Q: With LCSC, can we mention that we are MFC?
A: We never need to hide the reality that we are MFC, but at the same time, LCSC is a separate and distinct work, which is of the Church and not belonging only to us. In LCSC, we are a servant of the Church, seeking to serve Christ by helping renew and strengthen his Church. We do not have to take credit as MFC. Further, the reality is that new ecclesial movements (such as CFC, CFC-FFL, MFC), by their very nature, are running parallel to the Church, having their own priorities, even as they strive to serve the Church. This is why there are parish priests who are not keen on ecclesial movements, seeing them as competition to the work of their own parishes.

Q: How will we deal with CFC Global?
A: From the time of the split, we have not engaged in words or actions against CFC Global. Perhaps now that we have a new name, CFC Global will cease speaking against us. We wish them well, as there is much to be done by all Catholic associations of good will.

Q: How about detractors who will find fault or distort things with regard to our name change?
A: There is no need for you to answer or confront them. Rather, you must pray for them. To attack our community that is established by God and is doing a lot of good for the Church is a grave sin on their part.

Q: How will this move impact on any possible reunification with the other CFC?
A: Through the years, the SG had reached out to the very top leadership of CFC Global, a total of four times. He proposed creative unity by having one CFC but with two branches (historically this has been the case with many religious congregations, which have split and re-split). Then perhaps, if God willed it, an improving relationship could lead to actual unity. Unfortunately, the other CFC rejected the proposal each time. Now there is no more possibility of unification. This is for the better, as there is much work to be done overall, without having to contend with different visions for a unified work.

Q: What will happen to the past of CFC-FFL?
A: Whatever CFC and CFC-FFL have undergone through the years will remain part of our history. Our founding is reckoned from June of 1981. God brought us through many stages in our life and mission, culminating in the fullness of the vision that we have now. We are thankful for all that God has done for us.

Q: Does this change have the approval of the Church?
A: We cleared this name change with our Spiritual Directors. But the decision is really up to us, as a lay ecclesial movement within the Church. We of course will inform the bishops, both in the Philippines and in other countries, from October 7.

Q: Do we need to ask for recognition from the bishops again?
A: The basic reality of our being a recognized lay association has not changed. But as we have changed our name, we may have to ask for a new recognition. We believe such recognition will be given without any problem. You should inform your bishops and pastors about our change of name, and do what is needful.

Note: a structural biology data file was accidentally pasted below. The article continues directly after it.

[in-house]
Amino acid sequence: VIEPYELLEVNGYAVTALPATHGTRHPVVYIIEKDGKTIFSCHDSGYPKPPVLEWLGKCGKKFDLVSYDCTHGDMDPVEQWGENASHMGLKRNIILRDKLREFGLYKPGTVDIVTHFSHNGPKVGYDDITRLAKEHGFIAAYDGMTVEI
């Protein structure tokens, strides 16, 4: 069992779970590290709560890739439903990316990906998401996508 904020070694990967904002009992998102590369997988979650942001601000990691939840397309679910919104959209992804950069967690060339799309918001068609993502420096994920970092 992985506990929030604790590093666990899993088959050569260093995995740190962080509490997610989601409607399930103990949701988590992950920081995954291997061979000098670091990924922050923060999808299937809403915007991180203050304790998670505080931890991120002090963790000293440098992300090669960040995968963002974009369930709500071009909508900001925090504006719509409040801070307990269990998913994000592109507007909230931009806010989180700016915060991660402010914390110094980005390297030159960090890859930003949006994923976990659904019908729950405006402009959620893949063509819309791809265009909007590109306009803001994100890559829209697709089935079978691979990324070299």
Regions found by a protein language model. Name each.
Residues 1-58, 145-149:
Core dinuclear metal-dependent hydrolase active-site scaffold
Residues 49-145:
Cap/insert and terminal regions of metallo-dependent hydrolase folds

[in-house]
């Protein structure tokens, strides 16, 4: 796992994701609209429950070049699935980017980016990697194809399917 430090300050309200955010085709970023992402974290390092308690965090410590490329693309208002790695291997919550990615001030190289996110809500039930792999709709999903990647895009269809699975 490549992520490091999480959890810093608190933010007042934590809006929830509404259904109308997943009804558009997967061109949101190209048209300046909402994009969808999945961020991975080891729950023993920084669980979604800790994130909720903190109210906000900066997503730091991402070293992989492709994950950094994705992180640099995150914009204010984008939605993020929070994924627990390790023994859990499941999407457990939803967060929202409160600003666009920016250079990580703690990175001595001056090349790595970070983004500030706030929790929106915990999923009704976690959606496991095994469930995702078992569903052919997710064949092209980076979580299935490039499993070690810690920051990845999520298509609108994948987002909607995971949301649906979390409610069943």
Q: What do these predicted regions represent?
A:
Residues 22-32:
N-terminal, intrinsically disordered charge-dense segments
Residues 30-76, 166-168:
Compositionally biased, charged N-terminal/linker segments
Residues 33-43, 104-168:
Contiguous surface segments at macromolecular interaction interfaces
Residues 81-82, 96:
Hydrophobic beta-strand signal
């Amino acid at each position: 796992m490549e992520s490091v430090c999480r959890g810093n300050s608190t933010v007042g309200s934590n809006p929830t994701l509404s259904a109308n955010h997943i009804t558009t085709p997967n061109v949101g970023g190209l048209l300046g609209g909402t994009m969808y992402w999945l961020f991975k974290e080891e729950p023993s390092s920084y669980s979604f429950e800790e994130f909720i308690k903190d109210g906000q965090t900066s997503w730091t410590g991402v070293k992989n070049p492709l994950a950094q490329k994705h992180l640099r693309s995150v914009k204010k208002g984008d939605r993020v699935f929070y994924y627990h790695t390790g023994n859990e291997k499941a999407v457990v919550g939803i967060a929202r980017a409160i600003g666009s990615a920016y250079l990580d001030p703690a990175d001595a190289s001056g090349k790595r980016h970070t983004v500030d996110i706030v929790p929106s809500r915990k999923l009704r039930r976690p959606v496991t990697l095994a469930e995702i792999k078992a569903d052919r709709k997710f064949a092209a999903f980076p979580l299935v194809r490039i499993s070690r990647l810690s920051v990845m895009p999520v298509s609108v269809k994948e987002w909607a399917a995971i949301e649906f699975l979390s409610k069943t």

Q: Can we introduce our new name to our local parishes?
A: Yes, you should do so. Let your pastors and other Church personnel know of our new name, so that appropriate adjustments in their records and communications can be made.

Q: Did we not say “Once a CFC, always a CFC; CFC forever”?
A: Maybe some brethren were saying that, but we officially did not say that. A CFC/CFC-FFL member remains as such only if he/she is actively living out the CFC/CFC-FFL covenant. This is why we in CFC-FFL have through the years actively cleaned out our membership rolls to reflect only active membership. Such membership is not an inherent right, but a privilege, given to those who are willing to live the CFC-FFL way of life and mission. CFC-FFL has been strict in considering as members only those who are active and committed. On the other hand, we do pray that those who have become members of CFC/CFC-FFL but are no longer so will continue to live out the life of Christ that they have learned about.

Q: I have an attachment to the name CFC-FFL. How should this be handled?
A: We understand. Our name is important, and it is not that easy to discard a name that has become dear to us. But perhaps this is one way for us to be clearer about what God’s call truly is. The essence of the call is discipleship, following Christ and his way of life. It should not really be about the organization we join, or the name of that organization (important as a name is), but about who we have become. In fact, as you deny yourself our previous name, and as you embrace the cross of losing that name, then you are more well on your way to authentic discipleship.

Q: Can we put the caption “formerly CFC-FFL”?
A: Though there would be nothing wrong with that, and at times it might be necessary to tell people, by way of establishing our credentials, that we are the former CFC-FFL, it is best if we just move on. Besides, a number of the reasons for the name change has to do with the tension with the other CFC. So let us now go beyond that.

Q: In serving our Church, can we still use our CFC-FFL uniforms?
A: You can use your CFC-FFL shirts and other apparel in many situations just as you would use other branded items you might have. However, when doing MFC activities, you should avoid using CFC-FFL items, so as to avoid confusion.

Q: Can we invite those who left after the split back to community when we become MFC?
A: All are welcome to MFC. We intend to do a wide work of evangelization, but not necessarily bringing people to membership in MFC. But there are those whom God would call to a more committed covenant relationship in community. We will do what is best for those people God sends our way.

Q: Should all our communities throughout the world adopt the name “Missionary Families of Christ”?
A: One of the main reasons why we are changing our name is so that we get away from the current situation of our having over 10 different names throughout the world. So we do want to have one common name for all our communities. The name MFC can be translated into Spanish or other languages if that is more suitable for the particular country.
Q: Should the name change be implemented immediately, to include even CLSs that are already prepared or ongoing?